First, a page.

Ira Drukier

Drukier_IDr. Ira Drukier received his BS in Electrical Engineering from Cornell University in 1966 and an MEng in the same field the following year. He then went on to earn a PhD at the Polytechnic Institute of Brooklyn, awarded in 1973. Upon graduation he joined the David Sarnoff Research Center of RCA in Princeton, NJ. There he pursued research in the field of microwave semiconductors, developing the first high-power compound semiconductor field effect transistor. In 1976 he joined Microwave Semiconductor Corporation (MSC) where he started a division to develop and manufacture high-power microwave transistors for commercial and military uses. During this time, he published numerous papers in the field of microwave transistors. He also authored a chapter in the first book published on GaAs Field Effect Transistors. In 1981, Siemens Corporation acquired MSC. Dr. Drukier stayed with the company as a corporate vice-president until 1983, when he left to start a new career in real estate.

In 1983 he began to develop hotel properties in New York City along with his partner, Richard Born. They presently own and manage more hotel rooms in New York City than any other single group.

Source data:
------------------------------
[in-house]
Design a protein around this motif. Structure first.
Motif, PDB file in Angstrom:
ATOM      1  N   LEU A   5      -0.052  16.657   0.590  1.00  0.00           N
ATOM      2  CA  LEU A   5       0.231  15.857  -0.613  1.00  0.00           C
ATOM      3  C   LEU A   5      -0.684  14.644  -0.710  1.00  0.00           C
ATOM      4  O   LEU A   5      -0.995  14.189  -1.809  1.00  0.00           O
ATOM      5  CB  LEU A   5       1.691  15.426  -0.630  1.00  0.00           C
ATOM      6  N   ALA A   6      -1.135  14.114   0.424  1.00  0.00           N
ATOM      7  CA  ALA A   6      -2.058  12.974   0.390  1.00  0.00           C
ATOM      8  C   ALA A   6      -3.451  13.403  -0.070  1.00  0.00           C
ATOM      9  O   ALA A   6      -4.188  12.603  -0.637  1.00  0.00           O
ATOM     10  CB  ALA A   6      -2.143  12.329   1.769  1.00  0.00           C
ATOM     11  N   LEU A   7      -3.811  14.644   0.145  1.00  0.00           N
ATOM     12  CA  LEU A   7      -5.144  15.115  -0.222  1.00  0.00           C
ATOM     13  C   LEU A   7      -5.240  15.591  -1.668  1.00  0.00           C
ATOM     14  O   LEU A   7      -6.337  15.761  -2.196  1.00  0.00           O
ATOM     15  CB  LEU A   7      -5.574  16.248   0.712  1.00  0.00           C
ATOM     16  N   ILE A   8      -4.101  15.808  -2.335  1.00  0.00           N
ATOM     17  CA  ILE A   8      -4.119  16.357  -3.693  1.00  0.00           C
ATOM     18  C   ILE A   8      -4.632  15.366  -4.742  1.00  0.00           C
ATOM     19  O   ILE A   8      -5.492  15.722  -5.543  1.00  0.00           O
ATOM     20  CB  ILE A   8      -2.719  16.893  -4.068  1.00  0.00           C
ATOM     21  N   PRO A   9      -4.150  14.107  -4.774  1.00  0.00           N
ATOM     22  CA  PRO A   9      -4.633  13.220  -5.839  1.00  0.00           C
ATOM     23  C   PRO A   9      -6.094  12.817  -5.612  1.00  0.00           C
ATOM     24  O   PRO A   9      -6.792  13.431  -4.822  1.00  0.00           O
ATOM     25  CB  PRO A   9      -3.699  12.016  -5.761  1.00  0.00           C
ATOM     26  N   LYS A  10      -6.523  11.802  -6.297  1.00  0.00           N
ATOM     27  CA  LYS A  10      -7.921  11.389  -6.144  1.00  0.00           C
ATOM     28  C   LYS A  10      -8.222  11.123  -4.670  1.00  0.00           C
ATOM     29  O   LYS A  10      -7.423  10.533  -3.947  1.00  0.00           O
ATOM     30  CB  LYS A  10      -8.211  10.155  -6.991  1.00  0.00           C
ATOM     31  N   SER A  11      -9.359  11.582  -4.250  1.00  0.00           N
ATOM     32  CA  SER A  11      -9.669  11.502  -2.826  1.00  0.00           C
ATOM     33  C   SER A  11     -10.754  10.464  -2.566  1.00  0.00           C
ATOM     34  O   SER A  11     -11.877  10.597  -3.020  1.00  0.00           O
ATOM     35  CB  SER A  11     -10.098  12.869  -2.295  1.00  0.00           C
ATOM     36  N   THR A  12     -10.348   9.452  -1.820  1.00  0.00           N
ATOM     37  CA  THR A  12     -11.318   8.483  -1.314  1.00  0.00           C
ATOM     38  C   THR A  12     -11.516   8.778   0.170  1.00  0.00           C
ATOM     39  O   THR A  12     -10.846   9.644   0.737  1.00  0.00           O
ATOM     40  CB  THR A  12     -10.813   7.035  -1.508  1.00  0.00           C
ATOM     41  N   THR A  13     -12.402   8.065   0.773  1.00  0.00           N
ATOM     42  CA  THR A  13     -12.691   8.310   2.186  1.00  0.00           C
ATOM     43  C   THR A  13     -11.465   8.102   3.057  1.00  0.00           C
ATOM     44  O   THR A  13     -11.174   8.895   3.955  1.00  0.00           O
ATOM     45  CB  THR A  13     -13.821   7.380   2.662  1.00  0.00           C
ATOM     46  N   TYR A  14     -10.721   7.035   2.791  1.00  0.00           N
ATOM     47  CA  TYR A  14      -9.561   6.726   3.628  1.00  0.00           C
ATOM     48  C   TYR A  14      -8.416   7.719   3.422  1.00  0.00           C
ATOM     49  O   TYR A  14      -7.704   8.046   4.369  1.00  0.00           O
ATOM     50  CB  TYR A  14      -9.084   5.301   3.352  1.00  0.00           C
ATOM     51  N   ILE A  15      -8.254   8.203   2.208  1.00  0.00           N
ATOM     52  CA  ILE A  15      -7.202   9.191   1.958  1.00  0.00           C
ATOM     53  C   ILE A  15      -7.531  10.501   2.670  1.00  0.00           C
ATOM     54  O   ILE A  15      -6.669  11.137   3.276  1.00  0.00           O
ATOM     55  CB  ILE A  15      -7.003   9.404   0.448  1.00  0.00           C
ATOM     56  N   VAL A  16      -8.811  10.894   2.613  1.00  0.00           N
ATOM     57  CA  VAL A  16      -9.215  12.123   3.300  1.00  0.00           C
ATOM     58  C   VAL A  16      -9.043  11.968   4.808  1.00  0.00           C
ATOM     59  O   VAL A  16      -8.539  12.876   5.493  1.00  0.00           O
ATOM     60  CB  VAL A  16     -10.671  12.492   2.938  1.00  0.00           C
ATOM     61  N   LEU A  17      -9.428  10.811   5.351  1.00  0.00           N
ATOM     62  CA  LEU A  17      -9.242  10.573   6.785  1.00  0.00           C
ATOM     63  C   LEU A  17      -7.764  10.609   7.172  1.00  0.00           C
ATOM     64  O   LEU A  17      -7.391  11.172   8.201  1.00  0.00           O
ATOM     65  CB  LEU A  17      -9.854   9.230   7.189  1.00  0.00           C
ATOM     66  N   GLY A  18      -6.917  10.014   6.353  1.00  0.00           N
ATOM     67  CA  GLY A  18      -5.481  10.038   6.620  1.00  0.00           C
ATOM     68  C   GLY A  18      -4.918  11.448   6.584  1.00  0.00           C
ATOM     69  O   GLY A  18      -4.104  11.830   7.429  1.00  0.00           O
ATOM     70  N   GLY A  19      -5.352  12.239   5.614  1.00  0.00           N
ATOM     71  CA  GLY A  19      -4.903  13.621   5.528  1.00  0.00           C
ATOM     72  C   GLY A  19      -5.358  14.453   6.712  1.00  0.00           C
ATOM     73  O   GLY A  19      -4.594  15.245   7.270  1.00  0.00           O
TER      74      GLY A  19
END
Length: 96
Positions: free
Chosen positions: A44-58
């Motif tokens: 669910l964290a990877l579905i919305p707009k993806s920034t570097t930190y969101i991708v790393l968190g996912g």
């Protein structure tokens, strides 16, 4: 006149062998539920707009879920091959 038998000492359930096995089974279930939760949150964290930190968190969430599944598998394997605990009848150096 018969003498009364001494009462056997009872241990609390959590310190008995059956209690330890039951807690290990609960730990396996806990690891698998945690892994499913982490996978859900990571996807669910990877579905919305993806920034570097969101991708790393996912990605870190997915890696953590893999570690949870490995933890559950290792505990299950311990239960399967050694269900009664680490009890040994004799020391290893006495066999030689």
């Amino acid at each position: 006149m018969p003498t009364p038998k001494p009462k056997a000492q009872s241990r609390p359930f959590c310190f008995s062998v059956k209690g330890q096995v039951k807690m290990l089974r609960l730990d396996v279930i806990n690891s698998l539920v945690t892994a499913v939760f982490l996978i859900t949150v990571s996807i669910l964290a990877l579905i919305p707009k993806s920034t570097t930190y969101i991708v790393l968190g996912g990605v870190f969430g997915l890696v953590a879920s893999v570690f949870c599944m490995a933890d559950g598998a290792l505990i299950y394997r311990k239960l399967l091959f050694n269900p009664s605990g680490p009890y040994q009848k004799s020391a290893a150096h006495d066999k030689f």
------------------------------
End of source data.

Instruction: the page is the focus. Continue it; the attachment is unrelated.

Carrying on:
Dr. Drukier has published many papers and given lectures in the field of microwave electronics and has contributed a chapter to a book on Gallium Arsenide Field Effect Transistors. 

He is Vice-Chair of the American Society for Yad Vashem, was on the Board of Trustees of Cornell University for eight years, chaired its Subcommittee on Building and Properties and is presently an Emeritus Trustee and Presidential Councilor. He is also on the Cornell Tech Task Force to help develop a new graduate school of technology on Roosevelt Island in NYC. His is on the Council of the NYC Museum of Jewish Heritage, Chair of the Council for the Johnson Art Museum at Cornell University, and is Chair of the Building Committee of the Board of Trustees of the Parrish Art Museum in Southampton, NY. He also serves on the President's Council of the Metropolitan Museum of Art.